Chapter 10 - All for 40,000 Won
He could, of course, become the final winner. However, he would need to rely on luck. In addition, he would have to pour great effort into obtaining good results while showing off something unique to both parents and the board of directors regularly. This was on top of the handicap of having a late start compared to his brothers and sister who already started to stack up achievements.
Heerak thought hard.
Just as he could become the ultimate winner, it was equally likely that he could become the ultimate loser. He would have to live a suffocating life, ruin his relationship with his older siblings, and if his luck did not permit, he could end up being labeled a failure and forced to make do with subsidiary companies. That could be his future.
He did not want that.
No matter how he thought about it, that kind of lifestyle was just no fun.
Wasn’t it fine to leave out at least one child and not make him a pawn in the grand scheme of things? He tried to persuade his father with sugar-coated sincerity, but his father wasn’t convinced easily. Heerak changed tactics. The only person who had his father in the palm of his hands was his male-omega, superdominant mother.
It was a wise decision to win over his mother. His mother was supportive and all Heerak could ask for. His father could control his children, but he was a devoted husband who lost to his wife. Heerak did not know how his father was coaxed into it, but he was eventually allowed to break away.
His siblings wanted their youngest, who successfully broke away, to be on their side. He and his elder sister, who he got along with best, had a meal with each other at least once a week. He maintained his relationship with his older brothers by going golfing and accompanying them to other events. Everything was going according to Heerak’s blueprint.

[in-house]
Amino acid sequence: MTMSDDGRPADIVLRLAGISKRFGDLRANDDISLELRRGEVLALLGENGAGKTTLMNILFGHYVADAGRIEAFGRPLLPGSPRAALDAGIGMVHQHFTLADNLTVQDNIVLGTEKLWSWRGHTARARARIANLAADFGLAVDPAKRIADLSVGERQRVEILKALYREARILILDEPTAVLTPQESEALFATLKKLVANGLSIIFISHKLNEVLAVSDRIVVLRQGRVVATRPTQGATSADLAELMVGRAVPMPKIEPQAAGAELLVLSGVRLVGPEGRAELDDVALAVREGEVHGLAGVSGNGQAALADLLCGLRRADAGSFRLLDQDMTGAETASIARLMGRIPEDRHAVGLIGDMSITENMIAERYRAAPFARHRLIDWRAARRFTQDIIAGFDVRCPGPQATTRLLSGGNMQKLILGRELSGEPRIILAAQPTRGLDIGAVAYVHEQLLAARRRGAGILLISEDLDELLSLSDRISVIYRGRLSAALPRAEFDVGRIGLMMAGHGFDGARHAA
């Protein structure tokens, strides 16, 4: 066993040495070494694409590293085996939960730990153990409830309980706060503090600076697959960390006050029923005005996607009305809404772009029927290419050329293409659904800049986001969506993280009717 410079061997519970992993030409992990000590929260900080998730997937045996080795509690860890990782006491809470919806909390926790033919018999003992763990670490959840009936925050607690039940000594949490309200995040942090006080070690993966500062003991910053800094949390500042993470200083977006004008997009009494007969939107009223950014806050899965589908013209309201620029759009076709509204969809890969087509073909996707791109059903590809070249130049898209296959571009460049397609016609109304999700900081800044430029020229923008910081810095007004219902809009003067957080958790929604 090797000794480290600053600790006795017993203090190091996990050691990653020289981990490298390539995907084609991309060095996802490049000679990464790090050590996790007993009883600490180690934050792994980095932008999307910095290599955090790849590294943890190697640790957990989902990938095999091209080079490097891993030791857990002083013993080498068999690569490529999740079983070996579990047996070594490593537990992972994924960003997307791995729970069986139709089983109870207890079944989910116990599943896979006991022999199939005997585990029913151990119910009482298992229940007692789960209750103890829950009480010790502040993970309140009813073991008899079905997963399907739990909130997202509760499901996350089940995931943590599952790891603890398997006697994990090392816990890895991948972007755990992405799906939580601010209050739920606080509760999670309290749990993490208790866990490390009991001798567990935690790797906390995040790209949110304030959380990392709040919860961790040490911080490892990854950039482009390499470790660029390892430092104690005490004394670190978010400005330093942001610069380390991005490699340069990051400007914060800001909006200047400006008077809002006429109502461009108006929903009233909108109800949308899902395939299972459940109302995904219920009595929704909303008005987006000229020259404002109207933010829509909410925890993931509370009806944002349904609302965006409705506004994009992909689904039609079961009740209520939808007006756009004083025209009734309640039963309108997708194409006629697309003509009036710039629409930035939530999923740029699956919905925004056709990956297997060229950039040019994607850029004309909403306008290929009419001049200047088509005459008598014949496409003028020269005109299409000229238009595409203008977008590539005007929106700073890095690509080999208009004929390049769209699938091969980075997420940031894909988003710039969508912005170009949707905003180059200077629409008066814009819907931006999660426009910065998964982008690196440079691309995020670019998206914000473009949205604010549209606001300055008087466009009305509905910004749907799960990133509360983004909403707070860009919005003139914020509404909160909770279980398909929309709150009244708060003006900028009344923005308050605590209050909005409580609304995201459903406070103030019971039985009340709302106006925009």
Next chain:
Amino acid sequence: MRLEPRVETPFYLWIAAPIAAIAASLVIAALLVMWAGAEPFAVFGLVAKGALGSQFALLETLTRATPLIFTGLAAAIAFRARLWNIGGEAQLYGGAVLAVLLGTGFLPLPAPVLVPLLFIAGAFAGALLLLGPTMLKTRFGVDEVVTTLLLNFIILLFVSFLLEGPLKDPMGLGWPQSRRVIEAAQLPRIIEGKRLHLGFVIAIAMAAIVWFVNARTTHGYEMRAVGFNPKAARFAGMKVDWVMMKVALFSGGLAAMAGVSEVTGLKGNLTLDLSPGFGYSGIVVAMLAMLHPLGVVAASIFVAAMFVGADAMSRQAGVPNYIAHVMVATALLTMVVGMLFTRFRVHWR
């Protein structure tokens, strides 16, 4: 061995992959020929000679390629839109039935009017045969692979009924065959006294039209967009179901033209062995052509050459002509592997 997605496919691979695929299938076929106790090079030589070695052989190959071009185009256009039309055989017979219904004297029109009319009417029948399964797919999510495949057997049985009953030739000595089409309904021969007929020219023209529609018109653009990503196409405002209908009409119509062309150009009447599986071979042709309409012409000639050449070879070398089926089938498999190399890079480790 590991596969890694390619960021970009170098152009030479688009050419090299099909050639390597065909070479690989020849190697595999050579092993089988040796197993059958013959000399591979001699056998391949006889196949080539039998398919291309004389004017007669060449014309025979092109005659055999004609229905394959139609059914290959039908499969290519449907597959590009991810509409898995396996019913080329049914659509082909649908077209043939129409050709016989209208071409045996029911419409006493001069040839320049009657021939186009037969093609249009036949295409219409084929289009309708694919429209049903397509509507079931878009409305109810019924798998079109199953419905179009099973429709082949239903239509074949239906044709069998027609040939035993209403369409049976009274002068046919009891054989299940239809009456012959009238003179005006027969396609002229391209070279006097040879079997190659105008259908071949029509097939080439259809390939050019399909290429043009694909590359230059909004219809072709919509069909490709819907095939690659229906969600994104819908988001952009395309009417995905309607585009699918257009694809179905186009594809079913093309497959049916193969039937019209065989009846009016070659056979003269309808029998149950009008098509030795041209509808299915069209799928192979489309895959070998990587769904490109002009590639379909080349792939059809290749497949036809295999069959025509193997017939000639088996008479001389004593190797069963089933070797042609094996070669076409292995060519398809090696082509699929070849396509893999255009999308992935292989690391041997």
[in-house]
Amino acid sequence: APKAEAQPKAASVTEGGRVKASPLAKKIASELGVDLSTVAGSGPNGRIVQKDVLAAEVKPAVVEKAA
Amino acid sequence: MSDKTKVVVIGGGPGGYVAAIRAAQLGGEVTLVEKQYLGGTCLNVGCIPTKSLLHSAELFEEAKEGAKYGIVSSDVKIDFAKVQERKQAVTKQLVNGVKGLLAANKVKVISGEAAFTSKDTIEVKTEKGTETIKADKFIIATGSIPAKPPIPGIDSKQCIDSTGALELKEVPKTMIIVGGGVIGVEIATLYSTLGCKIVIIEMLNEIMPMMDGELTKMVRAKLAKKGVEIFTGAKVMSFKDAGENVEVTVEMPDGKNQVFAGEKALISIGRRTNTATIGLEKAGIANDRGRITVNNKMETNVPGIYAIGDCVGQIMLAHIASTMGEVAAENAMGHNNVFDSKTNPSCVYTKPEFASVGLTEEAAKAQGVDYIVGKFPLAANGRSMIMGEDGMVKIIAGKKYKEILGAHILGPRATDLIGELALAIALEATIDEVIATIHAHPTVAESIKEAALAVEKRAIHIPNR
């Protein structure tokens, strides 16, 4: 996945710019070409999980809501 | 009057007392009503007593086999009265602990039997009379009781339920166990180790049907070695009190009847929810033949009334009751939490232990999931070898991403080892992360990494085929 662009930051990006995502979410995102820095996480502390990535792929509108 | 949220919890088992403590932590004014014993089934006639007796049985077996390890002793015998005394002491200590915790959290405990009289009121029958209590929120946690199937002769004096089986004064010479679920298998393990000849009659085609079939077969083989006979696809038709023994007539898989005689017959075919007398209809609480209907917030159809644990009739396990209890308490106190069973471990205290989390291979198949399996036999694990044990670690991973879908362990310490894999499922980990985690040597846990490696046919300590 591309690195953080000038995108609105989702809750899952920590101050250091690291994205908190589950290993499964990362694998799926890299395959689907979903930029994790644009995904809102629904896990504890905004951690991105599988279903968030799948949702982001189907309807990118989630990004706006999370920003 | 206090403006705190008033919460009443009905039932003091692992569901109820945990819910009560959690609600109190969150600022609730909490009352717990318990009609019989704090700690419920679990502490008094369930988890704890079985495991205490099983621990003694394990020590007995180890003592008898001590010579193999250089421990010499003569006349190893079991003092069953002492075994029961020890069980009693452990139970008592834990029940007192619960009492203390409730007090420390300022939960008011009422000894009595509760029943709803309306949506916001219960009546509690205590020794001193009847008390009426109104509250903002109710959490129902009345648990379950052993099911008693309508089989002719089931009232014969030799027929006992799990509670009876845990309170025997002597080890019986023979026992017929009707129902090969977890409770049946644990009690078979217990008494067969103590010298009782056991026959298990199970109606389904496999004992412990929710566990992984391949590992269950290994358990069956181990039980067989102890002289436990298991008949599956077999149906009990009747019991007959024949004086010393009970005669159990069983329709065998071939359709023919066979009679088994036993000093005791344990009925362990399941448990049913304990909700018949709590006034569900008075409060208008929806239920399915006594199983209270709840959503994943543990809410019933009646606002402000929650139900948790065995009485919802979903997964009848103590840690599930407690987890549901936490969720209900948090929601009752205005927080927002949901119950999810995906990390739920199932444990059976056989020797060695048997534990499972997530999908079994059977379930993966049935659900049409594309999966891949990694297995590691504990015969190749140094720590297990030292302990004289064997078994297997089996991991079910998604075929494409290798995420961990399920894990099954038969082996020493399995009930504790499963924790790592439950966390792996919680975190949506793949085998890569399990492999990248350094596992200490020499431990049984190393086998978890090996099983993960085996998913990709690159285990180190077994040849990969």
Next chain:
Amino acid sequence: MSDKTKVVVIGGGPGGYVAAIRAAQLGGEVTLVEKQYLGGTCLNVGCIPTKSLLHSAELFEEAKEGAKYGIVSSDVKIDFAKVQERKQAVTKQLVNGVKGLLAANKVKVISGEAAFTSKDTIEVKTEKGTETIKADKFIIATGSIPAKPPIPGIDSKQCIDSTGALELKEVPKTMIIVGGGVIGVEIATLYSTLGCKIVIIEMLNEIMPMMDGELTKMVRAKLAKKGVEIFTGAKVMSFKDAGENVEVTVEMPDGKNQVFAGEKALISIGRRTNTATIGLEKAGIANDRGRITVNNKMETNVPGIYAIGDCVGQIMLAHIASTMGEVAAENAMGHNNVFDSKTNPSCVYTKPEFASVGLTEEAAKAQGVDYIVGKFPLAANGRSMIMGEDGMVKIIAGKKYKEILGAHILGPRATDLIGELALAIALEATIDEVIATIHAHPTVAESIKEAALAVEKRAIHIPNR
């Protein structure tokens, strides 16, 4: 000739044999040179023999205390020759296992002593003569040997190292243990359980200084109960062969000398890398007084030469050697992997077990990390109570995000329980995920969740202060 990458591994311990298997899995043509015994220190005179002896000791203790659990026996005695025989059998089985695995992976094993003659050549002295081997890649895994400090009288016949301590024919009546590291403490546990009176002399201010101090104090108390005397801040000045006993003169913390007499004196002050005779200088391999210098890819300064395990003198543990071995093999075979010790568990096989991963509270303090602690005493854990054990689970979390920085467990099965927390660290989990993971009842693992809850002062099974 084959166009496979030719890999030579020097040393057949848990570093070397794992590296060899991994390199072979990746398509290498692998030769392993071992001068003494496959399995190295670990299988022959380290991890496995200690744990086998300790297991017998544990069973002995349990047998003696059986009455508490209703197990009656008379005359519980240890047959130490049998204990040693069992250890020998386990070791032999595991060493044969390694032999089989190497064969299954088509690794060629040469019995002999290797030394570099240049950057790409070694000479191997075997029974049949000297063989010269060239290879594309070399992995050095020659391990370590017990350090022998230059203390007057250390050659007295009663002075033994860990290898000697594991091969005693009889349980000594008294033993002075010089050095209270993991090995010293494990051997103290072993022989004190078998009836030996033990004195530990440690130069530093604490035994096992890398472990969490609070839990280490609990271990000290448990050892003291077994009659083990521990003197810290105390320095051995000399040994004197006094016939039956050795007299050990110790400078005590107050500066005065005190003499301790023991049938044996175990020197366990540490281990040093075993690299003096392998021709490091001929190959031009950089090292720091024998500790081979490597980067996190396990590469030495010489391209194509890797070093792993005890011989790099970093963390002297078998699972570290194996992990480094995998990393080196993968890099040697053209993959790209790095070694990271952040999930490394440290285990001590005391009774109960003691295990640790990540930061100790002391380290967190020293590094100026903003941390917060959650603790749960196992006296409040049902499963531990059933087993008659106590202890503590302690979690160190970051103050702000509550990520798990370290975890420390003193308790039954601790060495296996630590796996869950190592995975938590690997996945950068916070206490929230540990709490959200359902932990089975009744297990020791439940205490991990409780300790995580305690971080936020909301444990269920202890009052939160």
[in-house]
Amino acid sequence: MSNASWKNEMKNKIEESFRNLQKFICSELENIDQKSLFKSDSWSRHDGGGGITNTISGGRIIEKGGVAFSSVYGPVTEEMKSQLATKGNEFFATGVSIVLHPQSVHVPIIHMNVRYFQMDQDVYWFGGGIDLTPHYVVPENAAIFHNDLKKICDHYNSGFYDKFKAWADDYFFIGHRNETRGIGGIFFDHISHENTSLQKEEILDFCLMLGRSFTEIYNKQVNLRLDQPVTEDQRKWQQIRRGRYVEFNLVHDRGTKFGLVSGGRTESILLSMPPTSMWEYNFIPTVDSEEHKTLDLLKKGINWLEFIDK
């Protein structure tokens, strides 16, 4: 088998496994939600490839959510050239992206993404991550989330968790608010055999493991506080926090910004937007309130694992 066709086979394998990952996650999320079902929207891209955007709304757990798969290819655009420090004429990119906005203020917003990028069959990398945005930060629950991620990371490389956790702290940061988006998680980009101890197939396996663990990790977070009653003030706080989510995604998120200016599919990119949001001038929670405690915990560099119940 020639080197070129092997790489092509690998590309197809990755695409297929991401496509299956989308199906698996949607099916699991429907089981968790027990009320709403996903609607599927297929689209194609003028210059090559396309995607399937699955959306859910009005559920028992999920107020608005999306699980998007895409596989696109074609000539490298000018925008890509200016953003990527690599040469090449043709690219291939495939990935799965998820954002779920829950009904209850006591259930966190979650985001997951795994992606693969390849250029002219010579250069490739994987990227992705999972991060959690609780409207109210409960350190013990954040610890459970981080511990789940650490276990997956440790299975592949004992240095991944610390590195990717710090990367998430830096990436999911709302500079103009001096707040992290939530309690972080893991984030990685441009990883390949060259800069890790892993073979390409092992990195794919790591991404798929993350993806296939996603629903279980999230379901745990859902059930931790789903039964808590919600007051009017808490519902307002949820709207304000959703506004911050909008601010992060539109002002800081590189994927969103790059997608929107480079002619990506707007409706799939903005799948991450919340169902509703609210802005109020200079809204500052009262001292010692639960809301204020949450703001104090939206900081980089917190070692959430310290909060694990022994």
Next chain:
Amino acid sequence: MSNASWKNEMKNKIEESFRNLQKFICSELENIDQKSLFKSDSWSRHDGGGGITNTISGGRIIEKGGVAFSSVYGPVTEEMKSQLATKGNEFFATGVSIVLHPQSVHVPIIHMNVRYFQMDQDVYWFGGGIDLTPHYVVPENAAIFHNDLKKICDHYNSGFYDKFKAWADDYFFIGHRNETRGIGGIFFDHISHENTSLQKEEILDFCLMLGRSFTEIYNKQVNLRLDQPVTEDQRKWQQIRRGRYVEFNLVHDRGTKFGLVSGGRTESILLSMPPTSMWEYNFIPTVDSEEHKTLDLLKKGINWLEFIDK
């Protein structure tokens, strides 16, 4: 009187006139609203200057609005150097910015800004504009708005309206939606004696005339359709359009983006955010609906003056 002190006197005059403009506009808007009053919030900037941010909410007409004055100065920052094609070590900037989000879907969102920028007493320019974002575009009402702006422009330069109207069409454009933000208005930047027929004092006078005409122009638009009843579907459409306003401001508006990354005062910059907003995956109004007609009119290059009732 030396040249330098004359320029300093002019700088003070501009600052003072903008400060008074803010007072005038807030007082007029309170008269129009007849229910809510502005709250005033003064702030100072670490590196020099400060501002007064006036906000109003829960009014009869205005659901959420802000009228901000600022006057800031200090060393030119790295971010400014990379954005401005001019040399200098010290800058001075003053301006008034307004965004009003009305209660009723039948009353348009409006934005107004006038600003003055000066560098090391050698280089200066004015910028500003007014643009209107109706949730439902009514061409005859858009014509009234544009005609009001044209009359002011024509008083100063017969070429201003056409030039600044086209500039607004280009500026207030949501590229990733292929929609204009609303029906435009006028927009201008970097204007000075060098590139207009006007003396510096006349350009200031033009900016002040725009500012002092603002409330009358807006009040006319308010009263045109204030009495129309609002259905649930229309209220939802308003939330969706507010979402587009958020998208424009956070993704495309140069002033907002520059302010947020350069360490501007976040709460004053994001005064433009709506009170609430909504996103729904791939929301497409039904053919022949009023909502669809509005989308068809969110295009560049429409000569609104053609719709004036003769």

Being born with a silver spoon in his mouth let him live comfortably.
And now, he got to live a life that others could only envy.
As if to tell him that life wouldn’t be fun if everything went smoothly, there were times where his plans came to a halt. The café franchise that he started with his mother’s help ended in great failure. It wasn’t that he wasn’t making any profits. But Heerak considered this venture to be a failure. No matter what he did, he could not overcome the number-one brand, the one which made people line up from the early morning just to grab a limited-edition tumbler. No matter how aggressive the marketing was and how hard he grilled the PR team, he could not get first place. If he could not get first place, walking away from the succession battle was meaningless. Heerak quickly sold his shares and turned his sights on his next-best plan.
He set his eyes on the food industry. Heerak launched “Sartago,” a family restaurant with a salad bar as its main feature. His parents and siblings were doubtful of its success and called it a red ocean1A business term referring to the “known market space,” where companies are highly competitive. Opposite of “blue ocean,” both coined by W. Chan Kim and Renée Mauborgne in their book Blue Ocean Strategy., but Heerak pushed through with it. Once a month, he would choose one place in the world and have a special salad bar with that region’s specialty foods. If one month was Busan’s milmyeon2Thin, wheat flour based noodles, similar to naengmyun. It is eaten in a cold broth with vegetable and egg toppings. It’s a signature dish from Busan, Korea., the next month could be Chicago and feature Chicago-style deep-dish pizza. He also determined that the decline in family diners was due to the high price, so he drastically lowered the cost.
It was a wild success. He got to taste the victory that he had been waiting for all this time.
He struck while the iron was hot and expanded his restaurant extensively. Now, he could see the signboard for this restaurant in every corner of Korea. His siblings, who invested with no real expectation, could all smile proudly and say that they knew he could do it. Now that Sartago was always at the top of all the articles about family restaurants, Heerak could finally smile in satisfaction.